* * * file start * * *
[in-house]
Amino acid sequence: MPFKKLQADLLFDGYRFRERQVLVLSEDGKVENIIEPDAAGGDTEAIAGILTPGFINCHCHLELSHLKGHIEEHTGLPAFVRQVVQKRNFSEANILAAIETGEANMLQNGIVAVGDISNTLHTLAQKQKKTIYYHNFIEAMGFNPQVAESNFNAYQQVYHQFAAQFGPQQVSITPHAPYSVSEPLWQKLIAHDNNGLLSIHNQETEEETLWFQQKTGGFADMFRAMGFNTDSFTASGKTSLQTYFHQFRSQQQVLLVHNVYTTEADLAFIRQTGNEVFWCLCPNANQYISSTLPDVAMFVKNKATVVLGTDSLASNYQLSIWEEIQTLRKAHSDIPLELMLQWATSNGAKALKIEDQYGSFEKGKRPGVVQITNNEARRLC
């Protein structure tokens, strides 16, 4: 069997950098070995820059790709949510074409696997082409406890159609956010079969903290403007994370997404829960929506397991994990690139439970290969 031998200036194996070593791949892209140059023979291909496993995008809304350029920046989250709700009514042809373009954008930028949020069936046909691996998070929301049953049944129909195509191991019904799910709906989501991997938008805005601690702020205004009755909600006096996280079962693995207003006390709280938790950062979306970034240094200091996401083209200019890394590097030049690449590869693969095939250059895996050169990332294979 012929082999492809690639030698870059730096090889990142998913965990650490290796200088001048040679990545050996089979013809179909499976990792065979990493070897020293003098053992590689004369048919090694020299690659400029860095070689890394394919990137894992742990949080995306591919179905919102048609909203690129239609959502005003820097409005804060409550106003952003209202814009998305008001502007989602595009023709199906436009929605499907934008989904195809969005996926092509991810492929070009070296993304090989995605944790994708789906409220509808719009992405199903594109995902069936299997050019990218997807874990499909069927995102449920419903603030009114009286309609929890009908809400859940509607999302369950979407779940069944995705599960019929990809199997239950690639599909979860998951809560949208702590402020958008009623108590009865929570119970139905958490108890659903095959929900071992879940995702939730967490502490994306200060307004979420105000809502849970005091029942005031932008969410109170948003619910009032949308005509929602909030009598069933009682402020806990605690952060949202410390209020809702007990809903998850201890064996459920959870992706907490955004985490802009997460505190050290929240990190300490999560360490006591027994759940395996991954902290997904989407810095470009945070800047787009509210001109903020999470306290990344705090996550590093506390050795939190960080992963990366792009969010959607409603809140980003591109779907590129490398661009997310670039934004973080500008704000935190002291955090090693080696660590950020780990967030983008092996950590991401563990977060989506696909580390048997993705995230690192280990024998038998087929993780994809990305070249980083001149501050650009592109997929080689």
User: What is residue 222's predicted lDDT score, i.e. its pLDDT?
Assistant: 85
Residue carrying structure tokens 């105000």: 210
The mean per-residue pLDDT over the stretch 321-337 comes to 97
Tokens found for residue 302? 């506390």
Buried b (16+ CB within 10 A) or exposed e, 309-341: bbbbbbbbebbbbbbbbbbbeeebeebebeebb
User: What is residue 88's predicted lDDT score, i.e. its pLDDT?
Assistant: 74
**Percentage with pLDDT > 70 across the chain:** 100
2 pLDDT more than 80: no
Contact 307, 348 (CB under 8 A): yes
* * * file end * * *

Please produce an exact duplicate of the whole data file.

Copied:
[in-house]
Amino acid sequence: MPFKKLQADLLFDGYRFRERQVLVLSEDGKVENIIEPDAAGGDTEAIAGILTPGFINCHCHLELSHLKGHIEEHTGLPAFVRQVVQKRNFSEANILAAIETGEANMLQNGIVAVGDISNTLHTLAQKQKKTIYYHNFIEAMGFNPQVAESNFNAYQQVYHQFAAQFGPQQVSITPHAPYSVSEPLWQKLIAHDNNGLLSIHNQETEEETLWFQQKTGGFADMFRAMGFNTDSFTASGKTSLQTYFHQFRSQQQVLLVHNVYTTEADLAFIRQTGNEVFWCLCPNANQYISSTLPDVAMFVKNKATVVLGTDSLASNYQLSIWEEIQTLRKAHSDIPLELMLQWATSNGAKALKIEDQYGSFEKGKRPGVVQITNNEARRLC
């Protein structure tokens, strides 16, 4: 069997950098070995820059790709949510074409696997082409406890159609956010079969903290403007994370997404829960929506397991994990690139439970290969 031998200036194996070593791949892209140059023979291909496993995008809304350029920046989250709700009514042809373009954008930028949020069936046909691996998070929301049953049944129909195509191991019904799910709906989501991997938008805005601690702020205004009755909600006096996280079962693995207003006390709280938790950062979306970034240094200091996401083209200019890394590097030049690449590869693969095939250059895996050169990332294979 012929082999492809690639030698870059730096090889990142998913965990650490290796200088001048040679990545050996089979013809179909499976990792065979990493070897020293003098053992590689004369048919090694020299690659400029860095070689890394394919990137894992742990949080995306591919179905919102048609909203690129239609959502005003820097409005804060409550106003952003209202814009998305008001502007989602595009023709199906436009929605499907934008989904195809969005996926092509991810492929070009070296993304090989995605944790994708789906409220509808719009992405199903594109995902069936299997050019990218997807874990499909069927995102449920419903603030009114009286309609929890009908809400859940509607999302369950979407779940069944995705599960019929990809199997239950690639599909979860998951809560949208702590402020958008009623108590009865929570119970139905958490108890659903095959929900071992879940995702939730967490502490994306200060307004979420105000809502849970005091029942005031932008969410109170948003619910009032949308005509929602909030009598069933009682402020806990605690952060949202410390209020809702007990809903998850201890064996459920959870992706907490955004985490802009997460505190050290929240990190300490999560360490006591027994759940395996991954902290997904989407810095470009945070800047787009509210001109903020999470306290990344705090996550590093506390050795939190960080992963990366792009969010959607409603809140980003591109779907590129490398661009997310670039934004973080500008704000935190002291955090090693080696660590950020780990967030983008092996950590991401563990977060989506696909580390048997993705995230690192280990024998038998087929993780994809990305070249980083001149501050650009592109997929080689």
User: What is residue 222's predicted lDDT score, i.e. its pLDDT?
Assistant: 85
Residue carrying structure tokens 């105000």: 210
The mean per-residue pLDDT over the stretch 321-337 comes to 97
Tokens found for residue 302? 């506390």
Buried b (16+ CB within 10 A) or exposed e, 309-341: bbbbbbbbebbbbbbbbbbbeeebeebebeebb
User: What is residue 88's predicted lDDT score, i.e. its pLDDT?
Assistant: 74
**Percentage with pLDDT > 70 across the chain:** 100
2 pLDDT more than 80: no
Contact 307, 348 (CB under 8 A): yes